you're never gonna get 100% of the water to drip out, especially when it's in tiny amounts

most of the value is as a breather hole so that moisture can evaporate out

It's a struggle, but you cut out his tongue, and his last words are "atmo atmo Atmo ATMO ATMOOOOOGORIHGGHRSHGGRLMGGMMGMgrrglegurglegrr....."
– akasnowmaaan

Fri, 11/10/2017 - 13:13
iwillbe
iwillbe's picture

yeah, I'm not hoping for absolute dryness, just not a lil waterfall of stinky rust water when I pull the seatpost and turn the frame upside down.
the ball bearing trick is cool, I should give that a try, it won't idiotproof the process, but it might idiot-deter it.

followup dumb question / million dollar idea: Are there any hollow screws that can be washered to sit flush with the inner diameter of the bb shell, thus making a breather/drain without my having to drill anything?

Fri, 11/10/2017 - 13:22
daedelus
daedelus's picture

Maybe a barrel adjuster screw?

totallynotsol wrote:
"free love feminist vegan bicyclist"

Fri, 11/10/2017 - 13:47
iwillbe
iwillbe's picture
(Reply to #2283)

daedelus wrote:
Maybe a barrel adjuster screw?

yeah, if the threading is right, I don't see why that wouldn't work. one sec... ...okay yeah, it threads in. Sticks out a bit, and I don't have a great way of making sure that it's flush, but as a breather and easily removed drain, it should be better than the solid screw I had in there before. The depth of the barrel should keep it from getting too much random spray up in there, too.
thanks for the suggestion, it seems as if it will work well.

Fri, 11/10/2017 - 14:13
drwelby
drwelby's picture

On my frame builds I've always wanted to braze a short section of presta valve stem to the bottom of the bottom bracket shell and drill down the bore through the shell. Then use it as a stud for the cable guide, with a presta nut holding it in place.

Fri, 11/10/2017 - 14:43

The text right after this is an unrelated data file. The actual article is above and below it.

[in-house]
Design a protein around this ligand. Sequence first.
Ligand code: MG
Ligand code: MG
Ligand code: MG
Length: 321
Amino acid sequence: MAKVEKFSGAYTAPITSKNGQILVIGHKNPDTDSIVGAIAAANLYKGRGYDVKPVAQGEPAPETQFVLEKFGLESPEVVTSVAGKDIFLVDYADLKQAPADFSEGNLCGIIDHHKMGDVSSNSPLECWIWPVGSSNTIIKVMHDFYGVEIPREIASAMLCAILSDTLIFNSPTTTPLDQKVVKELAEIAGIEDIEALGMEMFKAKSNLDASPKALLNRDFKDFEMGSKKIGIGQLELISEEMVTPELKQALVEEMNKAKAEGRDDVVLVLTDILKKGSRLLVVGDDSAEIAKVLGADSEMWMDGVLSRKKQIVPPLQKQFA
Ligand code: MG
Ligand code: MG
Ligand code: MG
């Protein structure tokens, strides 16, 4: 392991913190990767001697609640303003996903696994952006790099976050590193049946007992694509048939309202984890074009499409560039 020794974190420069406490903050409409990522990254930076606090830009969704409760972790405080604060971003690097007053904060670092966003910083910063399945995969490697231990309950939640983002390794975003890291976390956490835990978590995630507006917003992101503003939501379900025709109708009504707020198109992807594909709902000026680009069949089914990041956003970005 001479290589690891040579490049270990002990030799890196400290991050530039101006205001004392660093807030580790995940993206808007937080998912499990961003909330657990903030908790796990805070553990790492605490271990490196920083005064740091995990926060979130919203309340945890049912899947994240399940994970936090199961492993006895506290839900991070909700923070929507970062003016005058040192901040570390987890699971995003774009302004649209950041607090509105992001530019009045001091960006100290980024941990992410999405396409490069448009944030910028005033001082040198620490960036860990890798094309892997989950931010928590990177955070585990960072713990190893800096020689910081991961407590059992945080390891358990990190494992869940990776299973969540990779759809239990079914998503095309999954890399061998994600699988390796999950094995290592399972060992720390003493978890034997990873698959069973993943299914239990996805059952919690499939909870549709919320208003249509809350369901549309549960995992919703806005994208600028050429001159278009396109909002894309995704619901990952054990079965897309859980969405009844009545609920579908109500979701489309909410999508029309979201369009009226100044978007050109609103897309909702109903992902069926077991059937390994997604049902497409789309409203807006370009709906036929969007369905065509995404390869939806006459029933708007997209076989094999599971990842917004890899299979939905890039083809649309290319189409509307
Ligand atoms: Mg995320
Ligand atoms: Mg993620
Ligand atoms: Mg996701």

jimmythefly
jimmythefly's picture

For future reference, McMaster has "vented" stainless metric screws. But the vent diameter is so tiny (1.2mm diameter) that I wonder if much water would actually drain out.

https://www.mcmaster.com/#93235a331/=1a75w44

DQ: can someone point me to the origin of the "spencer" wordfilter please.

deadforkinglast wrote:
But honestly, I have no idea how I am going to follow through on that plan and I already have a pretty rad spencer. I think I just like fucking with my bikes.

Fri, 11/10/2017 - 16:02
Andrew_Squirrel
Andrew_Squirrel's picture

Yeah, there must be a point where the surface tension of tented water in a very small hole will prevent effective evaporation.

Fri, 11/10/2017 - 16:05
iwillbe
iwillbe's picture

I just built some new wheels (coming soon to the post your Spencer/Raleigh stickied thread), and was looking at the valve cores as I was reinserting them, wondering if something like that could get finagled into a bb shell, so that I could just unscrew, drain, and re-seal. That or a little rubber plug or something.

Re: mailordering vented screws - just put some vented m5 thread screws in my Amazon cart. If they work well in this application, it will massively rule.

Thanks again to everyone for the suggestions, it's neat to get good ideas for this spencer nerd problem.

Fri, 11/10/2017 - 16:09
iwillbe
iwillbe's picture
(Reply to #2288)

Andrew_Squirrel wrote:
Yeah, there must be a point where the surface tension of tented water in a very small hole will prevent effective evaporation.

But I bet the vibration from normal riding will break the tension and send the water sluicing down even a very narrow hole. It would depend on riding somewhere dry, I guess.

Fri, 11/10/2017 - 16:10
drwelby
drwelby's picture

Use another vented m5 on a water bottle boss, grab your compressor and a nozzle tip, and use it to pump pressurized air into the frame to help force the water out the drain vent.

Fri, 11/10/2017 - 16:23
iwillbe
iwillbe's picture

attach mini pump to downtube, power it off the hub dynamo, create a constant positive pressure system inside frame tubes, maintaining perfect dryness at all times.

store rare scrolls inside frame?

Fri, 11/10/2017 - 16:36
JUGE FREDD
JUGE FREDD's picture
(Reply to #2291)

drwelby wrote:
On my frame builds I've always wanted to braze a short section of presta valve stem to the bottom of the bottom bracket shell and drill down the bore through the shell. Then use it as a stud for the cable guide, with a presta nut holding it in place.

but then you're stuck tightening presta nuts with channellocks, since that thread pitch is so odd

It's a struggle, but you cut out his tongue, and his last words are "atmo atmo Atmo ATMO ATMOOOOOGORIHGGHRSHGGRLMGGMMGMgrrglegurglegrr....."
– akasnowmaaan

Fri, 11/10/2017 - 18:37
Endpoint
Endpoint's picture

Fred’s answer is best. It’s what we do to at least one spencer every week.

Fri, 11/10/2017 - 21:23